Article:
The newly-minted disciples must have been watching all this with a mixture of exhilaration and wonder. In saying yes when Jesus asked them to follow him just a few verses earlier, they just happened to hitch themselves to the hottest sensation to come through Galilee in who knows how long. Just look at those crowds! Look at what Jesus is doing with them! Look how everyone is responding! This is amazing! Perhaps their faces looked not unlike those in the band listening to the crowd’s ecstatic response to that song.
It seems pretty clear that Jesus didn’t react that way, though. After this extraordinary first jam-packed day and evening of public ministry, he does not wait for a new crowd to gather the next morning, as it almost certainly would have, given the events of the previous day. Instead, he leaves that morning while it’s still dark and goes out to “a deserted place” to pray, meaning not just a place he could be alone but a desolate place like the wilderness or desert. He’s making a considerable effort, in other words, to get far away from everything or everyone that could distract him from prayer. But he wasn’t counting on the tenacity of his new disciples, whom Mark says “hunted for him.”
“Hunted” is a word that connotes a lot more than just looking for someone or something. I remember watching the movie Jurassic Park for the first time, which is basically a science fantasy about what might happen if human beings were able to clone dinosaurs and open a sort of game reserve to see them. The scariest scene in it to me wasn’t one of the iconic ones with the Tyrannosaurus Rex that you’ve probably seen at least clips of at some point. It was when the game warden of the dinosaur park and one of scientists are creeping carefully through some jungle later in the movie, on a mission to try and restore power to the park which is collapsing into chaos from the dinosaurs that have gotten loose.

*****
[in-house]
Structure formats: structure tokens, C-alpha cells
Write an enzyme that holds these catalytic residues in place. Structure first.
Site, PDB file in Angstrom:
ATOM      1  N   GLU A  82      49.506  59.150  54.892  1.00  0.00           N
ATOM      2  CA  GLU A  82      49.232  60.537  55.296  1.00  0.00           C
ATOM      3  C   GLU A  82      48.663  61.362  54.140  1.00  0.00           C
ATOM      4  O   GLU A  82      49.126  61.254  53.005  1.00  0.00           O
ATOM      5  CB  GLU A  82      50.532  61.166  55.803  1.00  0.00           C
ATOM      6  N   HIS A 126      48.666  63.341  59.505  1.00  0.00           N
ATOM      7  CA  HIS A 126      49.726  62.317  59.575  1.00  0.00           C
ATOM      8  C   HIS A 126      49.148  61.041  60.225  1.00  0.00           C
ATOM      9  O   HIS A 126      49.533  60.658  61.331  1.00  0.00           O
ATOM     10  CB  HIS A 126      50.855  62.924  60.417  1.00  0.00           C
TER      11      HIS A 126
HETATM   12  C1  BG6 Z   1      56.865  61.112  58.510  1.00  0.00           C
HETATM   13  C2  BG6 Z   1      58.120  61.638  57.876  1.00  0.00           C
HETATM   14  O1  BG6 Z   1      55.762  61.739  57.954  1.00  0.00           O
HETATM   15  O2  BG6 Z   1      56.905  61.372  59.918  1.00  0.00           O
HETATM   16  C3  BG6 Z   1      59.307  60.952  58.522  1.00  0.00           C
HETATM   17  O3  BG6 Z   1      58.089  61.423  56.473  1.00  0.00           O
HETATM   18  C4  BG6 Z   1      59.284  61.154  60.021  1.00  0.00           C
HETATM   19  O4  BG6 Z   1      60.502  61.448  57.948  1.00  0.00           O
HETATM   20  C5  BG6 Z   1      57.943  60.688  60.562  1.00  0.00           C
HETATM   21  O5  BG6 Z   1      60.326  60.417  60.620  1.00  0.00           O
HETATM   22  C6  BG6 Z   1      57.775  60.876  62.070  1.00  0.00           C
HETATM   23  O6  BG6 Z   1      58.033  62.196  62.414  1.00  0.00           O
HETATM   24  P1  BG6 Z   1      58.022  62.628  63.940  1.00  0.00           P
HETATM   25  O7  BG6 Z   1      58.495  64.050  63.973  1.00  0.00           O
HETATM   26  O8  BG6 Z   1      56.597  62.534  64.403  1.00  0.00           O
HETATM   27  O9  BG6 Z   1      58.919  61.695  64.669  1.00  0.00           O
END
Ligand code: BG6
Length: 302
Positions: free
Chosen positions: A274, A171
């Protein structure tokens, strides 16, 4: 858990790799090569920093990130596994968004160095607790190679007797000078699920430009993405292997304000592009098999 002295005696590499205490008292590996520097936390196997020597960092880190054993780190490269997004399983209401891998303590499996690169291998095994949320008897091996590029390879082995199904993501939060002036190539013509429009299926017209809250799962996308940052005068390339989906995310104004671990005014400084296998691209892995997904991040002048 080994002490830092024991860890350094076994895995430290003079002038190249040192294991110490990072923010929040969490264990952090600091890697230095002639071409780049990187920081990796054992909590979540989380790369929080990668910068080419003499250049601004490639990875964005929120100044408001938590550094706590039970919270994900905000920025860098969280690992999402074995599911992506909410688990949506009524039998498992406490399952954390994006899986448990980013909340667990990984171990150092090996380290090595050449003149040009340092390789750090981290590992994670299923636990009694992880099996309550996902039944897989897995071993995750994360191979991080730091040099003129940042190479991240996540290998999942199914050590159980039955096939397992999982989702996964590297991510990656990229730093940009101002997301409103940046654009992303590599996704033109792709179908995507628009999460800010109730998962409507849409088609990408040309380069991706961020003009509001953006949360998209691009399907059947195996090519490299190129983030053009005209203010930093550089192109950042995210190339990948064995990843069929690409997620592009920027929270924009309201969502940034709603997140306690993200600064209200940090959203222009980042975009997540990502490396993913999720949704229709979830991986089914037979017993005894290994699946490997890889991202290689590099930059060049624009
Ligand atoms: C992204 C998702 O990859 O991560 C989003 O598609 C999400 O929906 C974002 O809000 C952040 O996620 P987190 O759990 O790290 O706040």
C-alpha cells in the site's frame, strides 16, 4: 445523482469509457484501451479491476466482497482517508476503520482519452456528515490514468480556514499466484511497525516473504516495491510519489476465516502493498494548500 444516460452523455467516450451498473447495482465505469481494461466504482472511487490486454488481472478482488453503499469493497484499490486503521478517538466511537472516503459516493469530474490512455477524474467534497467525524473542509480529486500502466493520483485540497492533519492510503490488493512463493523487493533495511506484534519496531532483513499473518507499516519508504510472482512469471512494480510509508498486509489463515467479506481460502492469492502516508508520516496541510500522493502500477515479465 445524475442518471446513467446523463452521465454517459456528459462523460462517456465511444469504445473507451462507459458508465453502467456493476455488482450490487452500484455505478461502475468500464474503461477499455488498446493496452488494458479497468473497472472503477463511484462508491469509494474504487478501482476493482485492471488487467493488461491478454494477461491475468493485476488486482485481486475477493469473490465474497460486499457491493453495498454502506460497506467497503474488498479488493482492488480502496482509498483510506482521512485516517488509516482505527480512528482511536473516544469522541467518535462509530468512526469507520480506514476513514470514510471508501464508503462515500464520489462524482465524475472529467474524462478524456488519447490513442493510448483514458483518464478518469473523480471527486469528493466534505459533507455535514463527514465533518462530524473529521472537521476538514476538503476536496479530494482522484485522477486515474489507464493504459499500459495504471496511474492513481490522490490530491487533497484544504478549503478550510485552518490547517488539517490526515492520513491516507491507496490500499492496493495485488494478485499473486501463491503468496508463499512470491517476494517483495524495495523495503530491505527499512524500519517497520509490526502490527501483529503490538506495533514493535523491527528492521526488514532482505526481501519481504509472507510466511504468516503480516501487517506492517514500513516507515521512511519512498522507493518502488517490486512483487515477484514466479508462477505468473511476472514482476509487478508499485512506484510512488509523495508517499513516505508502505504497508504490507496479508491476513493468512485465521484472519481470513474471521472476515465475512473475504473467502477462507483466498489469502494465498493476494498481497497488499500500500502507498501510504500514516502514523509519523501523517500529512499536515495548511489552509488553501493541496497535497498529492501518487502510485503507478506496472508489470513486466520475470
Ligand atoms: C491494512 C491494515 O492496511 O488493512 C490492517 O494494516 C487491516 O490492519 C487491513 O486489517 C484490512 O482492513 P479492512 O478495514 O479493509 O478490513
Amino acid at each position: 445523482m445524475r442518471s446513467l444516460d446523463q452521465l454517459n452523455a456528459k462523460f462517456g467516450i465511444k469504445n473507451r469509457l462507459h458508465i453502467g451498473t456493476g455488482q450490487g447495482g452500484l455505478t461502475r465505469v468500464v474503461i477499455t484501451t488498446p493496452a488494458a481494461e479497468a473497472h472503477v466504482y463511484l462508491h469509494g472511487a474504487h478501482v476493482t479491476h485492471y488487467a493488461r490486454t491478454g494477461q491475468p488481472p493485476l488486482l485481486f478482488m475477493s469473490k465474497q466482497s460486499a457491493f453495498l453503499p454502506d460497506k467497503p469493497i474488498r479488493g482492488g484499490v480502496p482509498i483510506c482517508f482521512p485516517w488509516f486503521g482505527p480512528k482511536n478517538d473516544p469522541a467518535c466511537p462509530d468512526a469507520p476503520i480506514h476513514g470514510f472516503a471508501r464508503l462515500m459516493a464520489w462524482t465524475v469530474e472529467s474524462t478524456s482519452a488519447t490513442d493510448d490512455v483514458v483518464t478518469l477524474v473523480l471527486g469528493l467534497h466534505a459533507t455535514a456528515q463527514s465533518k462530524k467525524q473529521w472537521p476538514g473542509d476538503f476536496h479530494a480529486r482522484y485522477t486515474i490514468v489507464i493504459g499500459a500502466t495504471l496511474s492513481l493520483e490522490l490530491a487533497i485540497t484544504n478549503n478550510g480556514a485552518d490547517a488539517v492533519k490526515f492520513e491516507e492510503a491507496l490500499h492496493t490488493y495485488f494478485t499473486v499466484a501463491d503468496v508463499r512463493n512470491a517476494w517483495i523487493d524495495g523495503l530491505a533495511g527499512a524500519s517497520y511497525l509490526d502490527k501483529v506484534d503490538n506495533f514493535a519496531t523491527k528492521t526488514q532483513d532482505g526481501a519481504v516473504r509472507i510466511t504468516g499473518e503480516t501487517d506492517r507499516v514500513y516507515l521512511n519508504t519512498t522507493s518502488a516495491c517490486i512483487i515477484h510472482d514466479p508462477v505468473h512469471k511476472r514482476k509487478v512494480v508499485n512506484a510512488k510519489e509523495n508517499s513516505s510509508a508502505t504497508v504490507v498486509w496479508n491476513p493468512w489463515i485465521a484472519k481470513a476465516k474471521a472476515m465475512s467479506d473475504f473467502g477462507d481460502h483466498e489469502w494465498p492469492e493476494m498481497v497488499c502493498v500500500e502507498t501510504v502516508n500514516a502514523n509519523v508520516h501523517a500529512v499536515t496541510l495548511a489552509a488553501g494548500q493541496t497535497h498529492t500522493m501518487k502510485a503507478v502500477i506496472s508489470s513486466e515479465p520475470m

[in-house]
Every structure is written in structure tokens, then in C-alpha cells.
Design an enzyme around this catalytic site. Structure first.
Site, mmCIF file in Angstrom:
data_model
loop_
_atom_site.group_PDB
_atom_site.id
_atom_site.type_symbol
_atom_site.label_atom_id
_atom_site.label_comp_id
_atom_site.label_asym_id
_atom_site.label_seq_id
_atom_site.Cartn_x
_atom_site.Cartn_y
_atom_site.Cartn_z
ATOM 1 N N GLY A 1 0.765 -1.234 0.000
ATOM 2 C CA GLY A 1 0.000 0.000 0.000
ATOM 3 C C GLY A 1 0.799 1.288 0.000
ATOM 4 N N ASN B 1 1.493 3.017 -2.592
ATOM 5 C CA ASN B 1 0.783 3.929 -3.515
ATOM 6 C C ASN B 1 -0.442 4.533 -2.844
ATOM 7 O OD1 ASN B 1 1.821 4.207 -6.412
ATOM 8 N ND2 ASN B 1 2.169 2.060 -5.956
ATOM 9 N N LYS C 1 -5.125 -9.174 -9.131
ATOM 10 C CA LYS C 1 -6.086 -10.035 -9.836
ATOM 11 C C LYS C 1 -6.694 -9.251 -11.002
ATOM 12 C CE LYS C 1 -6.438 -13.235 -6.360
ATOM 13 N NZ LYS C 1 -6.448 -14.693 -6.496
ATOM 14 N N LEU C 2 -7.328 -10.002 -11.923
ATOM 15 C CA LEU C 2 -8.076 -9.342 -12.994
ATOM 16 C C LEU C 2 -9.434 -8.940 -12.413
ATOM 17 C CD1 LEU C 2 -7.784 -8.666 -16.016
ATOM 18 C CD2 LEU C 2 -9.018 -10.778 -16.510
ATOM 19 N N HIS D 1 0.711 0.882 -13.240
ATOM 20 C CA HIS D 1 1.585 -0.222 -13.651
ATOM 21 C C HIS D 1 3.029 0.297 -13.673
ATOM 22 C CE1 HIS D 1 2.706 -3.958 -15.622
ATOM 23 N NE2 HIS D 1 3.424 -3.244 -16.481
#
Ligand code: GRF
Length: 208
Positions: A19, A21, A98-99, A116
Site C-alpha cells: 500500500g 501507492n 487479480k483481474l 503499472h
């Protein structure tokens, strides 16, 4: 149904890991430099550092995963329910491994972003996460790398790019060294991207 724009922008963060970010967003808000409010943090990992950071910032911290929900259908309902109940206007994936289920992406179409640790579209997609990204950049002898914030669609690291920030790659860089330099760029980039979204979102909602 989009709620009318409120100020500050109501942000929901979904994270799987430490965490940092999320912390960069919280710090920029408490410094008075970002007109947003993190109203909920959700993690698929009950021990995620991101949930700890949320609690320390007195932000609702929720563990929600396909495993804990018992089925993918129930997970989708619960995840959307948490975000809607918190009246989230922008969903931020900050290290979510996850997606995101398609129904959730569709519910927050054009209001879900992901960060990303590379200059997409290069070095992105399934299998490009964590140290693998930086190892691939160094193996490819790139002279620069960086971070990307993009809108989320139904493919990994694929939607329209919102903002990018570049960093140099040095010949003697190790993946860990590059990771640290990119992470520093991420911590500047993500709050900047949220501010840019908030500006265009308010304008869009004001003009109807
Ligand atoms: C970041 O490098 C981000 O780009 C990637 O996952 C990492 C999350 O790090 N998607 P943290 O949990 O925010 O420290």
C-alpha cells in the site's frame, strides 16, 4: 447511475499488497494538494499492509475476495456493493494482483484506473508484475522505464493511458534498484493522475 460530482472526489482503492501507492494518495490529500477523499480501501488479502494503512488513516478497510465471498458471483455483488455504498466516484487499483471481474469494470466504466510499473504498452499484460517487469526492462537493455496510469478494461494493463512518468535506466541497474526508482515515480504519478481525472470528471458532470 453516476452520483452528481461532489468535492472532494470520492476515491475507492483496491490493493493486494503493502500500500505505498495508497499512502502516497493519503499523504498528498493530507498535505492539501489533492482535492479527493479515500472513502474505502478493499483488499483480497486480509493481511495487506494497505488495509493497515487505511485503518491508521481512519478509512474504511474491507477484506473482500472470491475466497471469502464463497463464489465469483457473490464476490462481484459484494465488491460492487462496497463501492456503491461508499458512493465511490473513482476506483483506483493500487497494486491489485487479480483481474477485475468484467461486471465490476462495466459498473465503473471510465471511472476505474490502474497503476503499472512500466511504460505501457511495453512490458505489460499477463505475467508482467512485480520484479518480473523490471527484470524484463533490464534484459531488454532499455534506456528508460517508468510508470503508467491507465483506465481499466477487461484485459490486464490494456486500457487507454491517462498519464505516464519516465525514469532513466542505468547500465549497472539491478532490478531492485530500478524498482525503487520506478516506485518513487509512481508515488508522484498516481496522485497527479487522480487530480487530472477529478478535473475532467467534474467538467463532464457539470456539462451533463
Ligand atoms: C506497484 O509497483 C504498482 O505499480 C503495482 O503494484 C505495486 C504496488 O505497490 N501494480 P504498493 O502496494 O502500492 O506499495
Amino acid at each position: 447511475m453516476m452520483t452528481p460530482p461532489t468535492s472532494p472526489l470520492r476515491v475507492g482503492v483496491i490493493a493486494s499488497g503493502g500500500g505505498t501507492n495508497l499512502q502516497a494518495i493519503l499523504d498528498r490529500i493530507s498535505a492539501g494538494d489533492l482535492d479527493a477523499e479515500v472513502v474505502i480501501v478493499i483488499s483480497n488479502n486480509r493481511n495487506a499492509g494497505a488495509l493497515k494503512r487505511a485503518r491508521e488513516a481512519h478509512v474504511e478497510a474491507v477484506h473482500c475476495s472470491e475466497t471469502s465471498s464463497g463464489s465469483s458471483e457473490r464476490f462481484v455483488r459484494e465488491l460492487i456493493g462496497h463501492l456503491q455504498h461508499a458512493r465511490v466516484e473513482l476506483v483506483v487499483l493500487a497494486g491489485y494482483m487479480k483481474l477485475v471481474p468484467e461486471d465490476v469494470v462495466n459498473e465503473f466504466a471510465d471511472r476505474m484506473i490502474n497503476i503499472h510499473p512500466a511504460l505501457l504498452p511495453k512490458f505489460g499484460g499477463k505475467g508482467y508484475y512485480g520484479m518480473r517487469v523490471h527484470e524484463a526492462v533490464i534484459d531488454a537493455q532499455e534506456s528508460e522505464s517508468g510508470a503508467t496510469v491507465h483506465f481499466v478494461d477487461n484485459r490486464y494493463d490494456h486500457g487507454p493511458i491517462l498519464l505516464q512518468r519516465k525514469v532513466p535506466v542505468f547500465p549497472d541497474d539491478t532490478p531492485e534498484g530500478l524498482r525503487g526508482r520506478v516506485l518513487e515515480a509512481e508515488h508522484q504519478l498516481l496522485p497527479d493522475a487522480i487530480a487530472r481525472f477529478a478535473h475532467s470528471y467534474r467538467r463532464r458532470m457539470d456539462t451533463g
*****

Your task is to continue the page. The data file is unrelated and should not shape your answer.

The scientist peers through the vegetation and then looks at the game warden in relief. “I can see the power shed from here,” she says; “we can make it if we run.” The game warden’s eyes, though, are locked on a cluster of bushes ahead of them. “No,” he says slowly; “we can’t.” “Why not?” the scientist whispers with dread. “Because…we’re being hunted,” he replies, slowly lifting his shotgun to the ready against the terrible threat that isn’t even visible yet. And things don’t really get better from there for awhile…
When Mark says the disciples “hunted” for Jesus, he uses a word that means something very much along these lines. While I think it’s a little strong to compare the disciples to ravenous dinosaurs as they hunt Jesus, the word isn’t innocuous, either. It’s not just suggesting the intentionality or intensity of their search. It has connotations of hunger, of cunning, and perhaps of objectification above all: you don’t “hunt” people; you hunt prey. The disciples don’t simply want to find Jesus, they want to capture him so that people can come and marvel at him; experience something of his power.
Now, this doesn’t mean that their intent is malicious. Quite the opposite, in all likelihood; they saw the response that Jesus got the day before, and they want to help make sure that continues and grows, that he and they seize this opportunity in the moment. And apparently, they know it’s already beginning: “everyone is searching for you,” they tell him, with the implication being he needs to return and respond to that. The crowd today will probably be even bigger than the day before, as word continues to spread; maybe there will even be people starting to come from some of the surrounding villages as word gets out that something and someone truly extraordinary is there in Capernaum and they needed to make their way there to experience it.